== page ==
Indications of Use for Methylcobalamin

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According to Medline Plus, a website of the National Institutes of Health and the U.S. National Library of Medicine, methylcobalamin is vitamin B12. Vitamin B12 is essential to life as it helps to keep your nerve and blood cells healthy, and it also makes DNA. It's unlikely you'll need vitamin B12 supplementation, because your body stores at least one year's supply of it in your liver. But a few health conditions are associated with B12 deficiency, which you can help improve by taking a dietary supplement.

Megaloblastic Anemia

  • In megaloblastic anemia, your red blood cells are larger than normal, but are also too immature and in too low a number to effectively carry oxygen through your body. When you have this vitamin-deficiency anemia, you might feel tingling and numbness in your arms and legs as well as other nervous system symptoms. Since either folic acid or vitamin B12 deficiency can cause megaloblastic anemia, your doctor will order a lab test to measure the levels of both vitamins in your blood to determine the best treatment for you.

Pernicious Anemia

  • When you ingest vitamin B12, it binds with a substance in your stomach called "intrinsic factor" before your body absorbs and uses it. If your body can't produce intrinsic factors, it leads to a vitamin B12-deficiency anemia known as "pernicious anemia." If that becomes the case, you'll need lifelong doses of B12 administered to you by injection, nasal formula, or your doctor will prescribe an oral supplement, according to Medline Plus.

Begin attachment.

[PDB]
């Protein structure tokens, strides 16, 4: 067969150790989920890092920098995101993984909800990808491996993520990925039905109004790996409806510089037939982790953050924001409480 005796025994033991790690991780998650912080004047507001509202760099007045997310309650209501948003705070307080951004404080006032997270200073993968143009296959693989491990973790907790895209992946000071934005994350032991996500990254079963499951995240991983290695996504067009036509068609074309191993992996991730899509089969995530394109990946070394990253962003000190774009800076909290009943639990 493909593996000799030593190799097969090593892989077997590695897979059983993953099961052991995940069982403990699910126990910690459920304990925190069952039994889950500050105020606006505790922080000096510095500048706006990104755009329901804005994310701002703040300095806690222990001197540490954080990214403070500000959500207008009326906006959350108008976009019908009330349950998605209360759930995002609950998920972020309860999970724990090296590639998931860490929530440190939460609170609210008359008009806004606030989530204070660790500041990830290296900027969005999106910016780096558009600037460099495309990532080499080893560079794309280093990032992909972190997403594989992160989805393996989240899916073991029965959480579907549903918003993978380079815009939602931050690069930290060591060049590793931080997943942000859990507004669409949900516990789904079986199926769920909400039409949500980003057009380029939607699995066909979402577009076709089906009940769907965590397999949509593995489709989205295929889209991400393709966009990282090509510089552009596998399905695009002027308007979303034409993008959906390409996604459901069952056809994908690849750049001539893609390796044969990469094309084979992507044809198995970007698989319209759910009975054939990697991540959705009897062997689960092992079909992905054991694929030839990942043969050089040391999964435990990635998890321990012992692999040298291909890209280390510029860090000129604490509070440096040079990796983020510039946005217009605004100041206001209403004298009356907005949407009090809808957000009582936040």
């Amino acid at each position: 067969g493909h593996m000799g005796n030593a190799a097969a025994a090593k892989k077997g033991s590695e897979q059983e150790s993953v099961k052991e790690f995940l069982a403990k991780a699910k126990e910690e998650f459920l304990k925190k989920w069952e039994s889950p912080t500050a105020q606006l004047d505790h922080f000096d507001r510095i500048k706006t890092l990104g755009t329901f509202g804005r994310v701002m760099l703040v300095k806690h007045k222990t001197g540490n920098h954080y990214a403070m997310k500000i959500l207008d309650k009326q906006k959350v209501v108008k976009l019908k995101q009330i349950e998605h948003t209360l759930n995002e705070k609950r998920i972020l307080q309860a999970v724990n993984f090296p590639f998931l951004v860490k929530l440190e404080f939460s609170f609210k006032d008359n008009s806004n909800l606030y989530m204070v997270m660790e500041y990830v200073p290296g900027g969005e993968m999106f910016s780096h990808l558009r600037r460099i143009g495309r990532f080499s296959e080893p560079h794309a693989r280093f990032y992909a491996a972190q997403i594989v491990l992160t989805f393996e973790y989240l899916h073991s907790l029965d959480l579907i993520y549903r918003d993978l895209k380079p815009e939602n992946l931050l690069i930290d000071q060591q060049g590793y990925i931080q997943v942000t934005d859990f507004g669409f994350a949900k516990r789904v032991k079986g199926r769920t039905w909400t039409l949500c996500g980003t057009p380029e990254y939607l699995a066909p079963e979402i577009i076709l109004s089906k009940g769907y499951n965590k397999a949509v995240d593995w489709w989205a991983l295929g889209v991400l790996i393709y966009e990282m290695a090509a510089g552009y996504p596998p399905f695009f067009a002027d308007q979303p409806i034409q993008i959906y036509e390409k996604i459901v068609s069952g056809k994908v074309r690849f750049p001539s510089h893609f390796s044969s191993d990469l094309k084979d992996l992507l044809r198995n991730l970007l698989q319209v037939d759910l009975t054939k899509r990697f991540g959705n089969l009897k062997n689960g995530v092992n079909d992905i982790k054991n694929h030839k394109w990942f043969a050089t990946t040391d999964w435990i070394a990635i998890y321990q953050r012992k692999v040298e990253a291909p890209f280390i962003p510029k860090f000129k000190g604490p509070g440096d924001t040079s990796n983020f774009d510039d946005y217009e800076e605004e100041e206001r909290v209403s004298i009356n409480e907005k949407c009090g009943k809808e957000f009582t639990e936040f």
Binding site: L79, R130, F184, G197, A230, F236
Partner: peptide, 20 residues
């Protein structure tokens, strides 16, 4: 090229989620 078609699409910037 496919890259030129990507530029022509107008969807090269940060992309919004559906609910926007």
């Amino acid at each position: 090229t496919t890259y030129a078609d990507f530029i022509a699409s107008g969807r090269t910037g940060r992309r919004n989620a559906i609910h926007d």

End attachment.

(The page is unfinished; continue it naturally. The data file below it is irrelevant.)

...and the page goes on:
Vitamin B12 Deficiency

  • If your storage of vitamin B12 is below normal, your nervous system can't function properly. You might experience symptoms such as shaky movements, unsteadiness, muscle weakness, spasticity, incontinence, low blood pressure, vision problems, dementia, psychoses and mood swings. These conditions may occur with just slight low levels of vitamin B12 before you develop any form of anemia.

Breast Cancer Prevention

  • A statement on the Medline Plus website cites a Johns Hopkins University finding that women with breast cancer usually have less vitamin B12 than healthy women. Researchers who reviewed the evidence considered the possibility that lack of sufficient B12 kept the body from repairing damaged DNA and led to the development of breast cancer. However, there's yet to be scientific proof that taking vitamin B12 decreases a woman's risk of getting breast cancer.

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